800px-Le_Grand_Saint_Michel,_by_Raffaello_Sanzio,_from_C2RMF_retouchedSt. Michael Vanquishing Satan. Raphael, Musée du Louvre, Paris, France.

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[Jesus said] “A good person out of the store of goodness in his heart produces good, but an evil person out of a store of evil produces evil; for from the fullness of the heart the mouth speaks.”                Luke 6:45.

Life is full of opposites. Night and day, death and life, black and white, bad and good, bitter and sweet, sound and silence, north and south; the list is endless, yet somehow we manage to navigate through them because we have to. Sometimes it becomes incomprehensible. Spouses, for example, are almost always the opposite of each other: tidy/untidy, noisy/silent and so on. Ask one how the other learns anything new at all, and almost certainly that one will confess bewilderment. Siblings are almost always in the same situation, very different from each other. Life, then, seems to love opposites! It keeps us on our toes. What would politics be without completely divergent opinions? Now look at today’s Mass readings. The first concentrates on various examples of what is positive (grains, pottery, fruit, speech) to what is not (husks, weakness, barrenness, negativity). The second reading talks of death/life, mortal/immortal, and the gospel speaks of the need to recognize the difference between them. Jesus speaks of the individual criticizing another about a fault when that individual has a magnified version of the same fault! He is challenging us to a self-awareness and honesty which might be very difficult to achieve. If I am the fellow unable to judge because of my own prejudice (the “beam in my eye”), how on earth can I come to an awareness of the fault and remedy it? If I am guilty of possessing what today’s gospel calls a “store of evil” which produces evil all around me, how can I be saved? How can I even come to a realization that I am in such a desperate state? Jesus even suggests how we could have got into such a state, as we might have been brought up in that way with his observation that “every disciple will be like his teacher”. Today Jesus presents us with an enormous challenge.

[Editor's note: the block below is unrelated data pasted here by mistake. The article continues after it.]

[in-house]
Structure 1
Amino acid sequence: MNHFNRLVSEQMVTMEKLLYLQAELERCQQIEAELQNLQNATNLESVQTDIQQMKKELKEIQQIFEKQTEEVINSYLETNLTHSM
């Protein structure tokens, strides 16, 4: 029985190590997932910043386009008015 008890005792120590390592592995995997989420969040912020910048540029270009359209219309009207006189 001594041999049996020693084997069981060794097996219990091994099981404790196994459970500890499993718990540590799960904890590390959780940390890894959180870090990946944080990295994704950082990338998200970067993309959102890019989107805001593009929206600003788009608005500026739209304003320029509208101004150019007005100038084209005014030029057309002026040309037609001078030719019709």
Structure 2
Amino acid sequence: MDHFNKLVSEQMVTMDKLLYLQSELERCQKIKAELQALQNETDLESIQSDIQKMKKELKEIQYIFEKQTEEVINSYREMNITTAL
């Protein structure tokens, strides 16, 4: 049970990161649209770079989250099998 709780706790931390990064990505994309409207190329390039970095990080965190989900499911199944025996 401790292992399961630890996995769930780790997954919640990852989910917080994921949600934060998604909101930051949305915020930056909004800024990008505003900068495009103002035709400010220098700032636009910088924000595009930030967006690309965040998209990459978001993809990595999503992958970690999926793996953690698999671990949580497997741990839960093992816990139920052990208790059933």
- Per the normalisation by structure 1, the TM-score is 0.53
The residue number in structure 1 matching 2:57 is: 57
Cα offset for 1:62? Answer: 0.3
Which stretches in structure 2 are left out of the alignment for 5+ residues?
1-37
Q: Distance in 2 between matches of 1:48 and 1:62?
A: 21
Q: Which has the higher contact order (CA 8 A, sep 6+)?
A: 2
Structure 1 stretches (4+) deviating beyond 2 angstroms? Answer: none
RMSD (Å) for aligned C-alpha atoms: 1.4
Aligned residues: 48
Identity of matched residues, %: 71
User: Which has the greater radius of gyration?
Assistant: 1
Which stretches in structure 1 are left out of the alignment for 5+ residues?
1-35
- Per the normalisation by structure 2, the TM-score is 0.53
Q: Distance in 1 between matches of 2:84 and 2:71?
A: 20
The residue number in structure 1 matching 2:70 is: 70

A few Sundays ago we had Jesus “fishing” St. Peter as a disciple, to make him a fisher of disciples for the Lord. Peter’s reaction to the humility, power and simple goodness of the Lord was to fall to his knees and say “Depart from me, Lord, for I am a sinful man” (Luke 5:8). That suggests to me that Peter, confronted with goodness, acknowledged his own bad state of mind. Jesus, however, did not leave him, as he saw an innate goodness in Peter (which I believe God sees in every single one of us). I think that that is the clue to our own behavior. When we see how another lives a life of genuine goodness, generosity, love, then we are challenged to do likewise. If another sees us doing such, then we might be mirroring the Lord and inviting that person to look deep inside and see that change for the better is called for. It is an awareness, then, that there is a possible better life calling, light breaking the darkness, warmth overcoming cold, friendship conquering enmity. In short, it is the enormous power of setting a good example.

So it seems that today’s challenge is to take a light into our own lives, and seek anything there that should not be there and root it out. To see in others their goodness as a challenge to any lack of goodness in ourselves. To be as good as we can be so as to suggest to others that life can be joyous and fulfilling. In other words to be St. Michael challenging evil both in ourselves and in others. How about that for a Sunday challenge?


Christ’s Charge to Peter, Raphael, Victoria & Albert Museum, London, UK.


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